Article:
The Large Pick-up segment grew by 4%, the exact same rate as the overall market, which is only appropriate given that to many this segment epitomizes the US car market. And as has been the case for many, many years, the Ford F-series is the segment leader with over 350,000 units sold in half a year. Clearly, customers have embraced the aluminum components in what has traditionally been an old-fashioned segment.
That said, sales of the F-series actually fell by 2% year-on-year, at least partly due to supply problems Ford has had with the supplier of the model’s aluminum frames. As a result, its sales have actually been surpassed by the combined sales of the Chevy Silverado/GMC Sierra twins, though individually they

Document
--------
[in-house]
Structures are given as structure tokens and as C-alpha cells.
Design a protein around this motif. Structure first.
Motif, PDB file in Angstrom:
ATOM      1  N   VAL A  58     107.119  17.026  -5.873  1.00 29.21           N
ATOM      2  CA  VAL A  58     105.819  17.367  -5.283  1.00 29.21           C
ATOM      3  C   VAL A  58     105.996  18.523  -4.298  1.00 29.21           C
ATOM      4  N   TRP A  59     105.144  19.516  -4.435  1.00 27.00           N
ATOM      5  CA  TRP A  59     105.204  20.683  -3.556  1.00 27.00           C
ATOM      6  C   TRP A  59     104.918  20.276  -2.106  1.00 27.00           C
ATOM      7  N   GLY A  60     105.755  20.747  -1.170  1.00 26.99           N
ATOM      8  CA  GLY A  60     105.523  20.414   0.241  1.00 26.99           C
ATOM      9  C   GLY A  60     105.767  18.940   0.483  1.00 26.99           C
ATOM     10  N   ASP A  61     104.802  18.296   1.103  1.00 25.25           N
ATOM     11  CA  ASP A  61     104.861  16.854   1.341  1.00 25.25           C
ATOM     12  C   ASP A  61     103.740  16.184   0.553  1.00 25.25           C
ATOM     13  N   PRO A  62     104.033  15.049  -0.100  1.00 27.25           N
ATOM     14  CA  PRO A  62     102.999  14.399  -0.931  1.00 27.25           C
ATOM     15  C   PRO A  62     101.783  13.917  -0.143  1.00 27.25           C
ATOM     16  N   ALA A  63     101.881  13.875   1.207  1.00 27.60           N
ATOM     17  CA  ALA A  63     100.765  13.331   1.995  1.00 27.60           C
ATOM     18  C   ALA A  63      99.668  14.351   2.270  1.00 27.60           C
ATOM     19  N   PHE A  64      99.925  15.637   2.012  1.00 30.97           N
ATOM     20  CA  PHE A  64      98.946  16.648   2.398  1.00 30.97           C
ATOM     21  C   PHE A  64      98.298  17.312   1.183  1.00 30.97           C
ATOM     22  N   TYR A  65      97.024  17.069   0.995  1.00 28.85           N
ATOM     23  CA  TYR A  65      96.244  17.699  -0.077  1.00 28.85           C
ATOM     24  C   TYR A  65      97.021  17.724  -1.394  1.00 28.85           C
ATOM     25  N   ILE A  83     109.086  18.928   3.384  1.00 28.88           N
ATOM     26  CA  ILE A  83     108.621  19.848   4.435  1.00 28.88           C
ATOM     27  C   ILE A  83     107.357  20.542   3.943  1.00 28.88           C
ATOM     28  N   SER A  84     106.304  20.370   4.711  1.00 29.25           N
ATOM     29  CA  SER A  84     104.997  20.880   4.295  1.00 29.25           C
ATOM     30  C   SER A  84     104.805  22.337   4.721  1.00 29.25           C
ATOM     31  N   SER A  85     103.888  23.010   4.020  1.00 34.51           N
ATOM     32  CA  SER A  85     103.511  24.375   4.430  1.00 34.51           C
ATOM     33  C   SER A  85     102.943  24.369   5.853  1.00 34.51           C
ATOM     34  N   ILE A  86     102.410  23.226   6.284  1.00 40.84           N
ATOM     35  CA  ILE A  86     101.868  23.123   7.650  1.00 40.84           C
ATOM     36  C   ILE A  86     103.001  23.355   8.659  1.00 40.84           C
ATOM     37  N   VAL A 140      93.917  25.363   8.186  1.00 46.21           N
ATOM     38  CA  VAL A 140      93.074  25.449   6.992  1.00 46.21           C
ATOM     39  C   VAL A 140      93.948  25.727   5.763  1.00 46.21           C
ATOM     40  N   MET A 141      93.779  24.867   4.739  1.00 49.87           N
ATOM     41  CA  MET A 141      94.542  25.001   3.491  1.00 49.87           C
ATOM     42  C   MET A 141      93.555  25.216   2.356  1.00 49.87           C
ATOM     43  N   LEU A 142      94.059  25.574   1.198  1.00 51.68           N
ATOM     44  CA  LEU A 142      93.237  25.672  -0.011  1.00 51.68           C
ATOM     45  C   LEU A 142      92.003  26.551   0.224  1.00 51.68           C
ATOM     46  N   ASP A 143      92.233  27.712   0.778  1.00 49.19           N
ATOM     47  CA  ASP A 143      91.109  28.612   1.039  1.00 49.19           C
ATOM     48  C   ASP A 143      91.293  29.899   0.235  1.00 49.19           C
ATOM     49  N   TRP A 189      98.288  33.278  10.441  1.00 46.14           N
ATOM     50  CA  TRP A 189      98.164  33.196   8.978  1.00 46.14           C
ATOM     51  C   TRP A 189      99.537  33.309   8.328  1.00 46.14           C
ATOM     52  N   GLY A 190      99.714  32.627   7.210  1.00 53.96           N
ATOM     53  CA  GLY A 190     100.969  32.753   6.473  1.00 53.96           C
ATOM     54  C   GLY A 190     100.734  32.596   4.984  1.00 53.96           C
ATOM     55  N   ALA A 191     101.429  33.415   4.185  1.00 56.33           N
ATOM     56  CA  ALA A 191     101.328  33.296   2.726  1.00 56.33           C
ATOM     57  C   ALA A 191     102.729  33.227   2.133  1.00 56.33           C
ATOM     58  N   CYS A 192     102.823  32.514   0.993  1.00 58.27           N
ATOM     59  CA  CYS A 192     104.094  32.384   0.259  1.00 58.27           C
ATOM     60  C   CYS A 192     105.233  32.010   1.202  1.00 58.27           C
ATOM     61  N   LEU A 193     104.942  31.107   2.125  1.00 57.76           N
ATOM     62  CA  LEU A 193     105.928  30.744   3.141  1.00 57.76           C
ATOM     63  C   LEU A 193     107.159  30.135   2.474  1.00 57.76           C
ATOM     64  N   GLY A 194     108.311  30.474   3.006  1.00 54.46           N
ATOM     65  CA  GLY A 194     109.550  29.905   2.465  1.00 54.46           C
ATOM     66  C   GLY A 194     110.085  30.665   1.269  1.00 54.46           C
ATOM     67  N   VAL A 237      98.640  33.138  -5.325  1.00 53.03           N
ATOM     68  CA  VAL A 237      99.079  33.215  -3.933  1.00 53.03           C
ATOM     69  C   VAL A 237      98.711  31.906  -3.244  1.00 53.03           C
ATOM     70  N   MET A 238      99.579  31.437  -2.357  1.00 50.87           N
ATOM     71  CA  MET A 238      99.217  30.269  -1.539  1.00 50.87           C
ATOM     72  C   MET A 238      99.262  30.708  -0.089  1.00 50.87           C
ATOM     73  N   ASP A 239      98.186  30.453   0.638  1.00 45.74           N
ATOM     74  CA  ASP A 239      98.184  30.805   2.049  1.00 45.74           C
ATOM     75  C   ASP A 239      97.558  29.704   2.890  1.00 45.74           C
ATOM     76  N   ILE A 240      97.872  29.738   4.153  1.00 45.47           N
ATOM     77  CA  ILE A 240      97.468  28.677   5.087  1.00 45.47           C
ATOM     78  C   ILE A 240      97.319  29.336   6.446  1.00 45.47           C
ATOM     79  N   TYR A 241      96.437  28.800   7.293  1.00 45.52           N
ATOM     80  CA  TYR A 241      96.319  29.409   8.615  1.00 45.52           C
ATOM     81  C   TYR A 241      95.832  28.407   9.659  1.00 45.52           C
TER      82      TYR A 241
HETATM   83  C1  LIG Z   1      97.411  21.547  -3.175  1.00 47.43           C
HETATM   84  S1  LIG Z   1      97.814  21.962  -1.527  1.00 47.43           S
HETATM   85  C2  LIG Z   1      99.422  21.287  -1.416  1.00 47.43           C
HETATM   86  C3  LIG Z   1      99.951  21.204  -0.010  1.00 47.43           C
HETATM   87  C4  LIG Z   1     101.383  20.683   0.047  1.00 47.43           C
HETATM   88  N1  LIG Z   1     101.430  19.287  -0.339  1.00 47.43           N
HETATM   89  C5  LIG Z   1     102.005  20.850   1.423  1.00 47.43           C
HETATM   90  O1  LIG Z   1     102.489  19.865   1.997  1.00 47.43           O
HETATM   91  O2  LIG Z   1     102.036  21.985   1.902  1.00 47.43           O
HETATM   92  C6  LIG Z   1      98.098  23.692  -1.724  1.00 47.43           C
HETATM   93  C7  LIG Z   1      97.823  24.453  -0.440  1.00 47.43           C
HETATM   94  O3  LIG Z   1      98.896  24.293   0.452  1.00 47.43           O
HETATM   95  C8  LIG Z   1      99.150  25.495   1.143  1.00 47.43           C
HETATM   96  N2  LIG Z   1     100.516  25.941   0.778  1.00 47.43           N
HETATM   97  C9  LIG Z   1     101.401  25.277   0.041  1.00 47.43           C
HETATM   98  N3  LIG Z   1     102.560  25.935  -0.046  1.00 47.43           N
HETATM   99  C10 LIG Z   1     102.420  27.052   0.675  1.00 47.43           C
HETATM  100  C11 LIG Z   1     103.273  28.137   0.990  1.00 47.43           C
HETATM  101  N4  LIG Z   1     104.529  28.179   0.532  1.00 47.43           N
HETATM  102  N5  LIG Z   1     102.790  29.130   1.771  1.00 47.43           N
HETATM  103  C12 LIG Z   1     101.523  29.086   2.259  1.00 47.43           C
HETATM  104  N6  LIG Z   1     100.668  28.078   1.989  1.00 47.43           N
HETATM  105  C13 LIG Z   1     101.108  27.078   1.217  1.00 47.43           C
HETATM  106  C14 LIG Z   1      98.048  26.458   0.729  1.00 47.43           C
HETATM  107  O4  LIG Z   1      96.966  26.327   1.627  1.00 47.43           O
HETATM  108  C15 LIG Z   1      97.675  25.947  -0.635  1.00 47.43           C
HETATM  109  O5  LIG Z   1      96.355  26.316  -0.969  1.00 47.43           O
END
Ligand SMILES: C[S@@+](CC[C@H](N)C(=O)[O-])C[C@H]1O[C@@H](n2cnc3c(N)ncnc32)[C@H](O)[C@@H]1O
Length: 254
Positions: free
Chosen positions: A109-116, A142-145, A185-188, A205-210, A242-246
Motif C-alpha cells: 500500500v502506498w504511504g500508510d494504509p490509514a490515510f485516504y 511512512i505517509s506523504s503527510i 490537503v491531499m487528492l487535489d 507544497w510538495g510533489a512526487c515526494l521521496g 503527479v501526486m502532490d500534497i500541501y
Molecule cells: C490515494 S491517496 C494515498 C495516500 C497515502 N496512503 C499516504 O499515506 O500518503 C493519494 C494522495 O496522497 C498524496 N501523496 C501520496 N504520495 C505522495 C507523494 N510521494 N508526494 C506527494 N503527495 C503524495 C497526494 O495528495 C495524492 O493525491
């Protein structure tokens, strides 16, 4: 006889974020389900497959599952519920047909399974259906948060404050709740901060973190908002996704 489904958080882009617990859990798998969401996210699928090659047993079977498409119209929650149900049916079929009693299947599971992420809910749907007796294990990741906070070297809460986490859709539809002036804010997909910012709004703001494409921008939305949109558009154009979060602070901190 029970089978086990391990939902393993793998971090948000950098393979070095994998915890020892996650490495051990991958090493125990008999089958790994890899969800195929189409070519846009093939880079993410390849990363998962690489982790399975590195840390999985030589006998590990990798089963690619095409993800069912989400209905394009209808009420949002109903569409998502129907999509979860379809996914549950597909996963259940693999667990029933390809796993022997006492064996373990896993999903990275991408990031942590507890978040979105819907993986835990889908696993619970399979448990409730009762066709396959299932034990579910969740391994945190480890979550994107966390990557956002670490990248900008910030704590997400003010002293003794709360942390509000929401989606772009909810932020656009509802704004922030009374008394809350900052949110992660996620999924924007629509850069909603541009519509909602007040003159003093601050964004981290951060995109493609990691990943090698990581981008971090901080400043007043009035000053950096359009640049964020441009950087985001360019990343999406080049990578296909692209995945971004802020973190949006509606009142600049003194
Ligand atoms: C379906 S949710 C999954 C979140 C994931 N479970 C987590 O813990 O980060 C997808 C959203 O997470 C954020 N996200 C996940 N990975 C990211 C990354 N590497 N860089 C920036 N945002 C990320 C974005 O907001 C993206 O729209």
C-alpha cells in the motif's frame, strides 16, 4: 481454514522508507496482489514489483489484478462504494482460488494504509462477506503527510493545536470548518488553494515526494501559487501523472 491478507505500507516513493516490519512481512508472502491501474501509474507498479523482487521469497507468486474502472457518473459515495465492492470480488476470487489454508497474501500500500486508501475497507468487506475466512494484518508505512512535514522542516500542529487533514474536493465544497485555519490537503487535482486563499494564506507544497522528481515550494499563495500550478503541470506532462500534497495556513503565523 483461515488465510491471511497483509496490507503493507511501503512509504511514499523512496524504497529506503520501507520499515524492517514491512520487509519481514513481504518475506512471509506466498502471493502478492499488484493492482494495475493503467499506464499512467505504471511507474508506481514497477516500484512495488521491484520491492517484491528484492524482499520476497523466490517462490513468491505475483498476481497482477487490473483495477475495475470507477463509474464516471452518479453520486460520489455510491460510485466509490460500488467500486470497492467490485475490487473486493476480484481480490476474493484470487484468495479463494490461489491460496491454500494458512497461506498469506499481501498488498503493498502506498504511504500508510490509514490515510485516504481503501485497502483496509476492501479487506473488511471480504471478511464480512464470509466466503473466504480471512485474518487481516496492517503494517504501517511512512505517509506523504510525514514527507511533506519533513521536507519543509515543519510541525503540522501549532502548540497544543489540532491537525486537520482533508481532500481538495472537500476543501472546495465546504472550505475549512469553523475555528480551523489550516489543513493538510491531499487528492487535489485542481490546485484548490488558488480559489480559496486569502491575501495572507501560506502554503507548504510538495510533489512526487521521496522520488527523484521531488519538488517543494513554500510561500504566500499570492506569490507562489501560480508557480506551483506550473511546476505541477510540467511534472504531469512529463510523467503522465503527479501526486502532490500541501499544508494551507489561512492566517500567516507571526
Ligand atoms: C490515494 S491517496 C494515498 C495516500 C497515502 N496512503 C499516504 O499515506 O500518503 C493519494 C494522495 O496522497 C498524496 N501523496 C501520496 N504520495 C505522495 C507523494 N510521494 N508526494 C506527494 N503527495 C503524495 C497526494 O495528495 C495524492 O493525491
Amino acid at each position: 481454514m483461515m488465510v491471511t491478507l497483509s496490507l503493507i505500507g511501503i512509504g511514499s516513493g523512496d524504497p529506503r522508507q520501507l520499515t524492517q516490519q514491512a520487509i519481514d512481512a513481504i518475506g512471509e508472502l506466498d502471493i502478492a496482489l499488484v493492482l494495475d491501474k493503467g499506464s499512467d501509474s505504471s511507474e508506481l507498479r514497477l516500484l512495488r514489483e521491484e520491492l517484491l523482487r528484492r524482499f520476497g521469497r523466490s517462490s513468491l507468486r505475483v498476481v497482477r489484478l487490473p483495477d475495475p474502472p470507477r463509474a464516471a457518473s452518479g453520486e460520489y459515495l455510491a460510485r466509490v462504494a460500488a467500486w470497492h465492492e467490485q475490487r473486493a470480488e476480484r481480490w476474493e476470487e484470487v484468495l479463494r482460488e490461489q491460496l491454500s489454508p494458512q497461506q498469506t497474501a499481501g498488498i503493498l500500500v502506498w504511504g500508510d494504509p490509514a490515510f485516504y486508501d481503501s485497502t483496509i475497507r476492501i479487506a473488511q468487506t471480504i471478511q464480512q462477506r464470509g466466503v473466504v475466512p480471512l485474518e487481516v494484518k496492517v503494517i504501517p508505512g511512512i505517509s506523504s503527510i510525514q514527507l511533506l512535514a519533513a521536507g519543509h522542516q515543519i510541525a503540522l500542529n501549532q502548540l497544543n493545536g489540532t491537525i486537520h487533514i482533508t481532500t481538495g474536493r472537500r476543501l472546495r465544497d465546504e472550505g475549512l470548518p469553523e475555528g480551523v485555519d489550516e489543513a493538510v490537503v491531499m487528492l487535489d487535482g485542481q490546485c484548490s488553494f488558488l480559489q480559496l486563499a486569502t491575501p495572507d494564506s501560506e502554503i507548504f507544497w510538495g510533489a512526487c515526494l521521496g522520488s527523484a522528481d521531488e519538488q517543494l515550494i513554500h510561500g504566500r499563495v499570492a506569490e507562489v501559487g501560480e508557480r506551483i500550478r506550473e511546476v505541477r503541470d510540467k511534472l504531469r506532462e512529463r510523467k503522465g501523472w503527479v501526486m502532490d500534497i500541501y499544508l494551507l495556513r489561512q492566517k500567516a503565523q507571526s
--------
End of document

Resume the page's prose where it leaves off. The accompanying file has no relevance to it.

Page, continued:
only placed second and fourth. Splitting them is the handsome Ram Pickup (née Dodge Ram).
Stuck in fifth, as it has been pretty much since its introduction over a decade ago, is the Toyota Tundra. No matter how much money and technology the Japanese giant has thrown at this model, it still sold less than a fifth of what the Ford F-series sold. Still, it did much better than the Nissan Titan, which in its 12th year on the market will be lucky to sell more than 10,000 units total. Or the Honda Ridgeline, which barely sold 500 units as Honda prepares (and prays for more luck) with the 2nd generation of the model. Closing off the charts are the Chevy Avalanche and Cadillac Escalade EXT, both of which have now been discontinued.
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